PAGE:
25% – 39% of diabetics, type I and type II, develop a magnesium deficiency.[1] Obesity is also a risk factor as 35% of pre-bariatric surgery patients were found to be deficient.[14]

Magnesium deficiency is notoriously hard to test for, however. The body maintains a constant blood concentration, at the expense of other body needs of magnesium so blood serum magnesium tests will not reveal a deficiency until it is very dire. Urine excretion tests after giving a large magnesium dose are much more accurate at diagnosing a magnesium deficiency but are invasive and often require a hospital stay.

Getting to Optimal Magnesium Levels

It is estimated that women need about 320 mg of magnesium per day and men need about 420 mg, although depending on an individual’s weight and other factors, this may vary.[6]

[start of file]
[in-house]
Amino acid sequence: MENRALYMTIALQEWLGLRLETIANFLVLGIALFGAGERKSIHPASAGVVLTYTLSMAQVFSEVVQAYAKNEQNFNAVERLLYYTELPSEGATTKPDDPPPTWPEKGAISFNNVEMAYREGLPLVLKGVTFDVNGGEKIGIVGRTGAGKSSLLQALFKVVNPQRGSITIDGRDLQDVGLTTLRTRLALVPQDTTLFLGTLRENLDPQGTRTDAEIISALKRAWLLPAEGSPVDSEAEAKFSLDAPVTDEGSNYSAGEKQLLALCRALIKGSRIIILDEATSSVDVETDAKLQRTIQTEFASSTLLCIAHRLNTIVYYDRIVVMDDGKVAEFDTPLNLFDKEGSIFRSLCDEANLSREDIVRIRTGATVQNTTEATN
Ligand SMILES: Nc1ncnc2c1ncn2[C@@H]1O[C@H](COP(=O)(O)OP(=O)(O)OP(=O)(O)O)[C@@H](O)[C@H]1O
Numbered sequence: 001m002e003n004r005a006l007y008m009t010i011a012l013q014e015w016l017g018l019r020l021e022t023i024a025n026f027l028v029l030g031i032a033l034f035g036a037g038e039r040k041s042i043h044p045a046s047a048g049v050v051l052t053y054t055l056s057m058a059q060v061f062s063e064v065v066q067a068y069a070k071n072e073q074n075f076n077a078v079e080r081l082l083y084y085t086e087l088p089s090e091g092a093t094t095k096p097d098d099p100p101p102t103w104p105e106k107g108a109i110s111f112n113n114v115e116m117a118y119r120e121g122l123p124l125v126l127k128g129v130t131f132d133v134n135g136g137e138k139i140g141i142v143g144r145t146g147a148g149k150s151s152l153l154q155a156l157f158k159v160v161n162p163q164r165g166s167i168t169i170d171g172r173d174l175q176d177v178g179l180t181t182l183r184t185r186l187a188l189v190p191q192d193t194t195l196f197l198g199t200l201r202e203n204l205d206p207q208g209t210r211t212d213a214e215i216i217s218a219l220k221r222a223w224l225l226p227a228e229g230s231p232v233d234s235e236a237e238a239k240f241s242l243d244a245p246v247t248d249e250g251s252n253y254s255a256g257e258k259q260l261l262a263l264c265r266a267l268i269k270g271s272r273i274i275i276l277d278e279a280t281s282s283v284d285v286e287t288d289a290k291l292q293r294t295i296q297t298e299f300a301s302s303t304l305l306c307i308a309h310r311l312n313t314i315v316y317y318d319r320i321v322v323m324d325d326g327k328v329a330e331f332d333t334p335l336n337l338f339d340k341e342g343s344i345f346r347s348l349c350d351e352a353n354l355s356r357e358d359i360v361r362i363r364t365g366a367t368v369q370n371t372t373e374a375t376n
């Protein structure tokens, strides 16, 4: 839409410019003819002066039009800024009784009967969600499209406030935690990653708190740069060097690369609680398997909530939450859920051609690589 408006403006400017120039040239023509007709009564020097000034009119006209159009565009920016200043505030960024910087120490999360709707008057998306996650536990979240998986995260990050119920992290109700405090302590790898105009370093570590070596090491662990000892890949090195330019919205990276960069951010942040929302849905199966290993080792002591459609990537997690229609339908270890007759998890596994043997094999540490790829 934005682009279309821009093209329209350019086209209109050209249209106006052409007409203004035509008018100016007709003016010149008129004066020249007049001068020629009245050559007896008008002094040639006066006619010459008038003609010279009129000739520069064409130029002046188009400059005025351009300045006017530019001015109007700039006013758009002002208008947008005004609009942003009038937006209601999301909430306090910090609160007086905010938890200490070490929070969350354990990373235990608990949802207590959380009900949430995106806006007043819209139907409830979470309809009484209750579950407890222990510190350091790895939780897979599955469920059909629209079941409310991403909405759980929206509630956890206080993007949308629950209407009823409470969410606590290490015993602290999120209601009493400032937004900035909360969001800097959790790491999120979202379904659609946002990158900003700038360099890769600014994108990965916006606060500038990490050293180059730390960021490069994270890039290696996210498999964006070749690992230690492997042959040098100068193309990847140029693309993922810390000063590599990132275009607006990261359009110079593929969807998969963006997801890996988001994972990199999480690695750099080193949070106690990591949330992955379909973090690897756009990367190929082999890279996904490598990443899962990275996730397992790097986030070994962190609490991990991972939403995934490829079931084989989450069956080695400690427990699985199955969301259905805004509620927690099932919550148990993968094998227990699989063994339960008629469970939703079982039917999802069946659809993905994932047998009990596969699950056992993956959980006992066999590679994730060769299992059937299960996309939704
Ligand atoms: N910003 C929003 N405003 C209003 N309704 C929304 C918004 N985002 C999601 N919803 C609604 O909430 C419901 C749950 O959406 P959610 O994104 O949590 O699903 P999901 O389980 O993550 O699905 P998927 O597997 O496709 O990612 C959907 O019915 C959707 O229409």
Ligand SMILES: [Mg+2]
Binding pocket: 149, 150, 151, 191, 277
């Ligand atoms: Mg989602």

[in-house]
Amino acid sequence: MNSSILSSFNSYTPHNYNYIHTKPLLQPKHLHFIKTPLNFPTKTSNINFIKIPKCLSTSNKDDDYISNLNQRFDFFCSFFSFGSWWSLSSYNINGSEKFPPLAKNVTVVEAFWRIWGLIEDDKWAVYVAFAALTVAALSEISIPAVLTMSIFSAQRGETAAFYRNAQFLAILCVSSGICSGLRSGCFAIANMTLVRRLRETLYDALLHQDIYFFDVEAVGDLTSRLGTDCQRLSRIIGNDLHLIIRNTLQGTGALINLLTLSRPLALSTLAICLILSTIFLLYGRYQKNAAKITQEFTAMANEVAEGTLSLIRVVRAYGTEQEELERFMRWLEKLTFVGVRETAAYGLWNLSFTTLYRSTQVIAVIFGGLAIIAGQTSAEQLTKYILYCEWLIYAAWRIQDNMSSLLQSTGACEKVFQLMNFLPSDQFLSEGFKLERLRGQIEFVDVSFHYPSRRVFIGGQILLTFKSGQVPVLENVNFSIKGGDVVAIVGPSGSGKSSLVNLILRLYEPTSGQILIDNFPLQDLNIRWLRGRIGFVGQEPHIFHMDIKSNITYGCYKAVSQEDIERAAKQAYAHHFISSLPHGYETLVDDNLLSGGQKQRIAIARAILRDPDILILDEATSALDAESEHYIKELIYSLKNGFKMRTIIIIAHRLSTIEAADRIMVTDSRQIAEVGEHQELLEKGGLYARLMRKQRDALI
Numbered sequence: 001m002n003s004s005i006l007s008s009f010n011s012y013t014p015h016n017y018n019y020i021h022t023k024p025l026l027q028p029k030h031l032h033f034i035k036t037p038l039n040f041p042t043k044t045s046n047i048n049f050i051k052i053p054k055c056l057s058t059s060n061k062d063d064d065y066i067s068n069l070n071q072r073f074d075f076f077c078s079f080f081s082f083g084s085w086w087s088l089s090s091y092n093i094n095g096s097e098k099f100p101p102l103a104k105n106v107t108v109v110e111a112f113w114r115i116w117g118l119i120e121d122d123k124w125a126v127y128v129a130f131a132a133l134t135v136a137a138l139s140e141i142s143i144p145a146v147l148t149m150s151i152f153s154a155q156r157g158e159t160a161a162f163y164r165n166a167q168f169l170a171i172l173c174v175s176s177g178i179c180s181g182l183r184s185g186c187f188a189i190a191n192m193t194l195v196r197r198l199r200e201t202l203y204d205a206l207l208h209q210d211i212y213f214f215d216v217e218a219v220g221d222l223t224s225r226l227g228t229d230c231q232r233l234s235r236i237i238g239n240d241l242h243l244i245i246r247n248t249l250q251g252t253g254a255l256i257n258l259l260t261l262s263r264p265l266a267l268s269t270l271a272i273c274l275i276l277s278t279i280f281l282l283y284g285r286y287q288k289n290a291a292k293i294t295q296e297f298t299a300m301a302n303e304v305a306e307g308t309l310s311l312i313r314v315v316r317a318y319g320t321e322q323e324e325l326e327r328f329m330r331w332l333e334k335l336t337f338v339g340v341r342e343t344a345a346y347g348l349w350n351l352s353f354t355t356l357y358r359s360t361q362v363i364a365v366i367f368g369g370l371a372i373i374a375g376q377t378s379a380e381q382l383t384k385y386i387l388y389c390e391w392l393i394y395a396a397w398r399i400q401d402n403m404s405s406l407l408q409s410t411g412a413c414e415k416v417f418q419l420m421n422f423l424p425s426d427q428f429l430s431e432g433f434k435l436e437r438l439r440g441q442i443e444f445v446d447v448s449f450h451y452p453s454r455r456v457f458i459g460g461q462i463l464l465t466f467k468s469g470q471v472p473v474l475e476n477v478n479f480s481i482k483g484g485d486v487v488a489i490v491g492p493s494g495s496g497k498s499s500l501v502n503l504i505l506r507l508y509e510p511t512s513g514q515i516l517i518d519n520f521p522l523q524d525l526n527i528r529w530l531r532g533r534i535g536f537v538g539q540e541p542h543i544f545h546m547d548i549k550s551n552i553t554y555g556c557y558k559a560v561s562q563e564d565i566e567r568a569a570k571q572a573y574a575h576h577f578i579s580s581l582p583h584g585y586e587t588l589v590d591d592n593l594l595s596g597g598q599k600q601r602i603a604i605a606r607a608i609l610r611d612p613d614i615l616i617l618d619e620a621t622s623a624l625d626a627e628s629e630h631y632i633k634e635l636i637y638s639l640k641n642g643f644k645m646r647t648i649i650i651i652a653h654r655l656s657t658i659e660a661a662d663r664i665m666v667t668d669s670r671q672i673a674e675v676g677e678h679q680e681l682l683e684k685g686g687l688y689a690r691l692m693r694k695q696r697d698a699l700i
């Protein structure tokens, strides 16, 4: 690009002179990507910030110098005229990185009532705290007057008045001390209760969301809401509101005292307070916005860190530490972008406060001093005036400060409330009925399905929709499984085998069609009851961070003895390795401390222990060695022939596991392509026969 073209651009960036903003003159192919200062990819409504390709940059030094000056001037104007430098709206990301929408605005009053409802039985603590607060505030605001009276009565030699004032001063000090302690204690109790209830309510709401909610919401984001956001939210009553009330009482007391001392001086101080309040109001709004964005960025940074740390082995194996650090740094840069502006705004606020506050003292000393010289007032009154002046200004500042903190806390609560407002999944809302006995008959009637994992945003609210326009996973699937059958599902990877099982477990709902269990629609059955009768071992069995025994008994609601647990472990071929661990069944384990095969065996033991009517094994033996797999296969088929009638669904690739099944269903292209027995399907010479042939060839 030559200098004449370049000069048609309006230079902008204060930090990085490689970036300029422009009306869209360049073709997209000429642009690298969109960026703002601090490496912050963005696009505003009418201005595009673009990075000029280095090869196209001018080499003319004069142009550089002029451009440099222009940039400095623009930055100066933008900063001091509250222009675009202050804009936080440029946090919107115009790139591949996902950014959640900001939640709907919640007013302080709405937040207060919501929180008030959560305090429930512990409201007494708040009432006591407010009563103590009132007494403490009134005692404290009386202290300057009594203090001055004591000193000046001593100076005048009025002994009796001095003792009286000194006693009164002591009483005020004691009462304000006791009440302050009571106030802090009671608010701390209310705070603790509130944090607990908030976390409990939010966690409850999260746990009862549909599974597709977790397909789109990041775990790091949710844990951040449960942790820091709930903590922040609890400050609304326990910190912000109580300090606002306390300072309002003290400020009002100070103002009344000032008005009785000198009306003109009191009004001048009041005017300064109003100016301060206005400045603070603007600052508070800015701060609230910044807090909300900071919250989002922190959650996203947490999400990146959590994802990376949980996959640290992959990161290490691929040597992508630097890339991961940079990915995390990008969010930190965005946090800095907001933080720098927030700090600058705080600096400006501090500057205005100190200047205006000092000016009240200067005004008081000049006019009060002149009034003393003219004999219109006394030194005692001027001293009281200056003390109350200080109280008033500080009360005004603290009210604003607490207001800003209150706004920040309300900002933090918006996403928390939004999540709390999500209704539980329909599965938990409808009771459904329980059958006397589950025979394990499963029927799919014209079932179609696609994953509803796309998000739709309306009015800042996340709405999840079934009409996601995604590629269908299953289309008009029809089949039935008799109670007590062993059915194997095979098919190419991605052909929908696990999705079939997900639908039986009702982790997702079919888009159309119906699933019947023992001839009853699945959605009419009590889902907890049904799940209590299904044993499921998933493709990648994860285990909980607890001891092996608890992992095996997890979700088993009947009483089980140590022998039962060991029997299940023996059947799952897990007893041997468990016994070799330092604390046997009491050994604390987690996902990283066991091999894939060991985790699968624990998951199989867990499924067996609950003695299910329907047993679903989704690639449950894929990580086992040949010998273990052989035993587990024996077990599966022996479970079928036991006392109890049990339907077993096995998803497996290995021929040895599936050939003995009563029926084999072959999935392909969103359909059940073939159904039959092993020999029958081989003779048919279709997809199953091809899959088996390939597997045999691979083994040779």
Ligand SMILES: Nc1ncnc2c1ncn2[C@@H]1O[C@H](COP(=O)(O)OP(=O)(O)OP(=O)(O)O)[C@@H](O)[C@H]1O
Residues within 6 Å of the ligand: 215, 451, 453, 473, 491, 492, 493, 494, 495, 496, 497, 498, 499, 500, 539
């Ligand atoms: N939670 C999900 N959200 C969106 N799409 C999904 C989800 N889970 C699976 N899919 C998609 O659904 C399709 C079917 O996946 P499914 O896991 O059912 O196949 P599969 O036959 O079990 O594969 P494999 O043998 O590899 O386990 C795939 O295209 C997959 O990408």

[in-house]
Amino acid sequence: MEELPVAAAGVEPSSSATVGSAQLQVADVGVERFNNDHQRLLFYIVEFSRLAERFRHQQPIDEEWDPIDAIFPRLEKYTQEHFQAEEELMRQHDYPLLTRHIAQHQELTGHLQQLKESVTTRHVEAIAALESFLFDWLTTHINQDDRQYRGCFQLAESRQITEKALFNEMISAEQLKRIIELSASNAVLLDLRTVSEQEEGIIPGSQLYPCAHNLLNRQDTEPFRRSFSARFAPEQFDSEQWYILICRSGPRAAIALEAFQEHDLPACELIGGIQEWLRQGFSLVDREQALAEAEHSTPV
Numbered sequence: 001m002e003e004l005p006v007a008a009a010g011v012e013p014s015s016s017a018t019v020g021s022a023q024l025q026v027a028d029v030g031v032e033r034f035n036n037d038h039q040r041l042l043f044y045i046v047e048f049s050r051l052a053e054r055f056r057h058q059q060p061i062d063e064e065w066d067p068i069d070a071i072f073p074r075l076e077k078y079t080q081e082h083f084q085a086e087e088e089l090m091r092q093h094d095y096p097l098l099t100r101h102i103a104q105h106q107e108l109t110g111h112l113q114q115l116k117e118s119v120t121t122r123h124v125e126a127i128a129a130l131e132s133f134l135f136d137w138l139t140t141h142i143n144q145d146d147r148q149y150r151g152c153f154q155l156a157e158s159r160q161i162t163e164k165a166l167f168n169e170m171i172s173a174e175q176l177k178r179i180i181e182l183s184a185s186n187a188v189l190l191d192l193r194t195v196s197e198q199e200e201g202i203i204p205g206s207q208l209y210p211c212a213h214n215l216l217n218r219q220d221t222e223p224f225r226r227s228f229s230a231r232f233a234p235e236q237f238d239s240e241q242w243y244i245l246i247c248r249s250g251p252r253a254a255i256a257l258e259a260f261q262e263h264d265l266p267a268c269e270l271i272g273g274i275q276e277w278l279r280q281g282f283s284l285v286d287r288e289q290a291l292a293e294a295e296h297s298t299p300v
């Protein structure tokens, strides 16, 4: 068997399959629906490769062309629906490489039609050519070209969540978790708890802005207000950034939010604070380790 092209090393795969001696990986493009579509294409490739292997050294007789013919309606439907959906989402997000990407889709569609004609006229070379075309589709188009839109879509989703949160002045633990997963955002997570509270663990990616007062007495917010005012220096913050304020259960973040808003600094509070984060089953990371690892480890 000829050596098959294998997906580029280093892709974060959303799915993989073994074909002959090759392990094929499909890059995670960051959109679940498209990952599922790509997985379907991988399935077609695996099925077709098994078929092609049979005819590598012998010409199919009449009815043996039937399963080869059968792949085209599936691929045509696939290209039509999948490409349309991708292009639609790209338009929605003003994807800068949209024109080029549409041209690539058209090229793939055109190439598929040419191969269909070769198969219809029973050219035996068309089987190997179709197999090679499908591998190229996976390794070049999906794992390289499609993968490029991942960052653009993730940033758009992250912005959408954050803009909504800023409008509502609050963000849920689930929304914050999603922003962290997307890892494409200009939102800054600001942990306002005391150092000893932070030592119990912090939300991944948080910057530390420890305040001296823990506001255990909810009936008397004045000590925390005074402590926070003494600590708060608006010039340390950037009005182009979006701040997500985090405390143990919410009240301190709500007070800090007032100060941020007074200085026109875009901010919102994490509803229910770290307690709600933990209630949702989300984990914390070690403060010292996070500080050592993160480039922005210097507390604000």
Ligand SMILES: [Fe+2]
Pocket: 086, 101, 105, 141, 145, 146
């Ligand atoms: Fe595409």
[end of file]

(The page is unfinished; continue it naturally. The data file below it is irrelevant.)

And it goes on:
The latest large-sample studies show that nearly 50% of individuals in the United States have inadequate intake levels of magnesium. Moreover, over two-thirds of teens and adults over 71 consume insufficient amounts of magnesium.[15] On average, Americans consume about 212 mg of magnesium from food each day, which is only about 50% of the level required for optimal health.

Food Sources

Dark, leafy vegetables such as spinach, Swiss chard, and kale are the best dietary sources of magnesium, followed by nuts and seeds. Certain fruits, peas, beans, soy products, and whole grains contain magnesium, as do wheat bran, oatmeal, chocolate, meat, seafood, and milk.[7, 8]

Magnesium comparison in dark leafy greens
Sources [17]

However, only about 30% to 40% of the dietary magnesium consumed is actually absorbed by the body.[5] Certain foods that contain magnesium actually bind with the mineral, preventing it from being absorbed by the body, and nearly all processed foods (especially white flour and white sugar) have been depleted of magnesium during the manufacturing process. Likewise, cooking, especially boiling, depletes food of most of its magnesium content.[6]

Magnesium in nuts and seeds
Sources [17]

Mineral Water